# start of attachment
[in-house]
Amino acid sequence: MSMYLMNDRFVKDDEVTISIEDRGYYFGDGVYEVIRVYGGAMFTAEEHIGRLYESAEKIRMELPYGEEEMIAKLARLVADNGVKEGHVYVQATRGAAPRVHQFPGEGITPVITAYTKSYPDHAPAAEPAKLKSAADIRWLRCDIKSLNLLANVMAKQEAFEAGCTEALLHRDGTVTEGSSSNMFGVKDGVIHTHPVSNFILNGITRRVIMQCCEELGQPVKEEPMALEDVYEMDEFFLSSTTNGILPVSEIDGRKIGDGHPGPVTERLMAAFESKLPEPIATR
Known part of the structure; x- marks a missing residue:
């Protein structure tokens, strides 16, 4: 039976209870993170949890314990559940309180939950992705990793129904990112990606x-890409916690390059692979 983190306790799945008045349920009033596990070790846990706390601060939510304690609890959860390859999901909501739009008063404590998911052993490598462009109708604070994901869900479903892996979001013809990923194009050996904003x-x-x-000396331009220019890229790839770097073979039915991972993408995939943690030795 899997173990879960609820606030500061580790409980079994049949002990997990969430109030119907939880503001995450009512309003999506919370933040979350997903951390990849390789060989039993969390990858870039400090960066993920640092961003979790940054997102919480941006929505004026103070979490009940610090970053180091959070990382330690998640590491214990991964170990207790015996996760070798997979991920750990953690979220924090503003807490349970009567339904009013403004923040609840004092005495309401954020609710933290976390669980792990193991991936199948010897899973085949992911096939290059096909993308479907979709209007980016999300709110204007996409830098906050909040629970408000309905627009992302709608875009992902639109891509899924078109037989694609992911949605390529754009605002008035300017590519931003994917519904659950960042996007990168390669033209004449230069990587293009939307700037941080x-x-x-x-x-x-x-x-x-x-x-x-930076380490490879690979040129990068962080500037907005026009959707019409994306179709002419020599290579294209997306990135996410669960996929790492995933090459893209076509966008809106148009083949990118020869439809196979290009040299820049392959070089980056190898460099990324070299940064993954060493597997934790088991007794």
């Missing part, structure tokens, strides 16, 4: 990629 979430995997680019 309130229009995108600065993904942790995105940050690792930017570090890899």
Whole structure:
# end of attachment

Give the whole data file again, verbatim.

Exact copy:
[in-house]
Amino acid sequence: MSMYLMNDRFVKDDEVTISIEDRGYYFGDGVYEVIRVYGGAMFTAEEHIGRLYESAEKIRMELPYGEEEMIAKLARLVADNGVKEGHVYVQATRGAAPRVHQFPGEGITPVITAYTKSYPDHAPAAEPAKLKSAADIRWLRCDIKSLNLLANVMAKQEAFEAGCTEALLHRDGTVTEGSSSNMFGVKDGVIHTHPVSNFILNGITRRVIMQCCEELGQPVKEEPMALEDVYEMDEFFLSSTTNGILPVSEIDGRKIGDGHPGPVTERLMAAFESKLPEPIATR
Known part of the structure; x- marks a missing residue:
């Protein structure tokens, strides 16, 4: 039976209870993170949890314990559940309180939950992705990793129904990112990606x-890409916690390059692979 983190306790799945008045349920009033596990070790846990706390601060939510304690609890959860390859999901909501739009008063404590998911052993490598462009109708604070994901869900479903892996979001013809990923194009050996904003x-x-x-000396331009220019890229790839770097073979039915991972993408995939943690030795 899997173990879960609820606030500061580790409980079994049949002990997990969430109030119907939880503001995450009512309003999506919370933040979350997903951390990849390789060989039993969390990858870039400090960066993920640092961003979790940054997102919480941006929505004026103070979490009940610090970053180091959070990382330690998640590491214990991964170990207790015996996760070798997979991920750990953690979220924090503003807490349970009567339904009013403004923040609840004092005495309401954020609710933290976390669980792990193991991936199948010897899973085949992911096939290059096909993308479907979709209007980016999300709110204007996409830098906050909040629970408000309905627009992302709608875009992902639109891509899924078109037989694609992911949605390529754009605002008035300017590519931003994917519904659950960042996007990168390669033209004449230069990587293009939307700037941080x-x-x-x-x-x-x-x-x-x-x-x-930076380490490879690979040129990068962080500037907005026009959707019409994306179709002419020599290579294209997306990135996410669960996929790492995933090459893209076509966008809106148009083949990118020869439809196979290009040299820049392959070089980056190898460099990324070299940064993954060493597997934790088991007794």
């Missing part, structure tokens, strides 16, 4: 990629 979430995997680019 309130229009995108600065993904942790995105940050690792930017570090890899």
Whole structure: